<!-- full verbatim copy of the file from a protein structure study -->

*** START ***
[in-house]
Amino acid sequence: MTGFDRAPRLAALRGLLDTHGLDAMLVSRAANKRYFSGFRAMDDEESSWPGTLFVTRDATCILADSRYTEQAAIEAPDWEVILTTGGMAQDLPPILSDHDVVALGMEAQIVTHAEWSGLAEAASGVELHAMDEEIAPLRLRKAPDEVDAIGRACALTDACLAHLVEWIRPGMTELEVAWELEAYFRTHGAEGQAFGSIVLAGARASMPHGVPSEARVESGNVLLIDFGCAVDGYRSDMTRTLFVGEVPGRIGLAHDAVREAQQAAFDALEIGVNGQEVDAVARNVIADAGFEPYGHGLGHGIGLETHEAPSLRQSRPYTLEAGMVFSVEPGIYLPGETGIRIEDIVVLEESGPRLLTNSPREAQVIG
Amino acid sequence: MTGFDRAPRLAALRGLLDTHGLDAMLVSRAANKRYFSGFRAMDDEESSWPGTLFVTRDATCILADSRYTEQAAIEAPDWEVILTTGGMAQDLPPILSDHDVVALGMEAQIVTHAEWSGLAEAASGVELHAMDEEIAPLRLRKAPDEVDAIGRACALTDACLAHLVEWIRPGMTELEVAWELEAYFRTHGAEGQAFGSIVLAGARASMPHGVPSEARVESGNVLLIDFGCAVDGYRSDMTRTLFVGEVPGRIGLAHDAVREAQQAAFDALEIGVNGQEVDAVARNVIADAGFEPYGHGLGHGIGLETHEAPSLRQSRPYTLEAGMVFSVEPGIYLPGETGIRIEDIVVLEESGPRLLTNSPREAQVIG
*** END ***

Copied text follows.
[in-house]
Amino acid sequence: MTGFDRAPRLAALRGLLDTHGLDAMLVSRAANKRYFSGFRAMDDEESSWPGTLFVTRDATCILADSRYTEQAAIEAPDWEVILTTGGMAQDLPPILSDHDVVALGMEAQIVTHAEWSGLAEAASGVELHAMDEEIAPLRLRKAPDEVDAIGRACALTDACLAHLVEWIRPGMTELEVAWELEAYFRTHGAEGQAFGSIVLAGARASMPHGVPSEARVESGNVLLIDFGCAVDGYRSDMTRTLFVGEVPGRIGLAHDAVREAQQAAFDALEIGVNGQEVDAVARNVIADAGFEPYGHGLGHGIGLETHEAPSLRQSRPYTLEAGMVFSVEPGIYLPGETGIRIEDIVVLEESGPRLLTNSPREAQVIG
Amino acid sequence: MTGFDRAPRLAALRGLLDTHGLDAMLVSRAANKRYFSGFRAMDDEESSWPGTLFVTRDATCILADSRYTEQAAIEAPDWEVILTTGGMAQDLPPILSDHDVVALGMEAQIVTHAEWSGLAEAASGVELHAMDEEIAPLRLRKAPDEVDAIGRACALTDACLAHLVEWIRPGMTELEVAWELEAYFRTHGAEGQAFGSIVLAGARASMPHGVPSEARVESGNVLLIDFGCAVDGYRSDMTRTLFVGEVPGRIGLAHDAVREAQQAAFDALEIGVNGQEVDAVARNVIADAGFEPYGHGLGHGIGLETHEAPSLRQSRPYTLEAGMVFSVEPGIYLPGETGIRIEDIVVLEESGPRLLTNSPREAQVIG